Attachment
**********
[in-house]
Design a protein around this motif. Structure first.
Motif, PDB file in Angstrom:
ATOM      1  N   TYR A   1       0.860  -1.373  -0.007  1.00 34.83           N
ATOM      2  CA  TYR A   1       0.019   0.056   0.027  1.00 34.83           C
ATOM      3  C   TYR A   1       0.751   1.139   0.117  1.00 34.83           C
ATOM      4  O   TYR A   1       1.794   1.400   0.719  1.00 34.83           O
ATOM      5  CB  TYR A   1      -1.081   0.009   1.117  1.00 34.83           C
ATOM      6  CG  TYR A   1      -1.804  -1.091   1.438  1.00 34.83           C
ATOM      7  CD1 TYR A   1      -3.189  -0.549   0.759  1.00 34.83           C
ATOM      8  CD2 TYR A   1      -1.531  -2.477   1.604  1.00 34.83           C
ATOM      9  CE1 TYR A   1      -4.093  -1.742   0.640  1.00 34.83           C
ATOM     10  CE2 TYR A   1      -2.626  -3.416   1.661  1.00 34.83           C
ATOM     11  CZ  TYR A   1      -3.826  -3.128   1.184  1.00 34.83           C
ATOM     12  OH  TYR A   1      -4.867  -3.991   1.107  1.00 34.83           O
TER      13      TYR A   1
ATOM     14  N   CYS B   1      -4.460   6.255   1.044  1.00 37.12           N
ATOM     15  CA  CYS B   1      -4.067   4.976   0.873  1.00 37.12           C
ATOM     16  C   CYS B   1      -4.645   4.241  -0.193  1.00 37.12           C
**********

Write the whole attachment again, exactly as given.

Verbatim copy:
[in-house]
Design a protein around this motif. Structure first.
Motif, PDB file in Angstrom:
ATOM      1  N   TYR A   1       0.860  -1.373  -0.007  1.00 34.83           N
ATOM      2  CA  TYR A   1       0.019   0.056   0.027  1.00 34.83           C
ATOM      3  C   TYR A   1       0.751   1.139   0.117  1.00 34.83           C
ATOM      4  O   TYR A   1       1.794   1.400   0.719  1.00 34.83           O
ATOM      5  CB  TYR A   1      -1.081   0.009   1.117  1.00 34.83           C
ATOM      6  CG  TYR A   1      -1.804  -1.091   1.438  1.00 34.83           C
ATOM      7  CD1 TYR A   1      -3.189  -0.549   0.759  1.00 34.83           C
ATOM      8  CD2 TYR A   1      -1.531  -2.477   1.604  1.00 34.83           C
ATOM      9  CE1 TYR A   1      -4.093  -1.742   0.640  1.00 34.83           C
ATOM     10  CE2 TYR A   1      -2.626  -3.416   1.661  1.00 34.83           C
ATOM     11  CZ  TYR A   1      -3.826  -3.128   1.184  1.00 34.83           C
ATOM     12  OH  TYR A   1      -4.867  -3.991   1.107  1.00 34.83           O
TER      13      TYR A   1
ATOM     14  N   CYS B   1      -4.460   6.255   1.044  1.00 37.12           N
ATOM     15  CA  CYS B   1      -4.067   4.976   0.873  1.00 37.12           C
ATOM     16  C   CYS B   1      -4.645   4.241  -0.193  1.00 37.12           C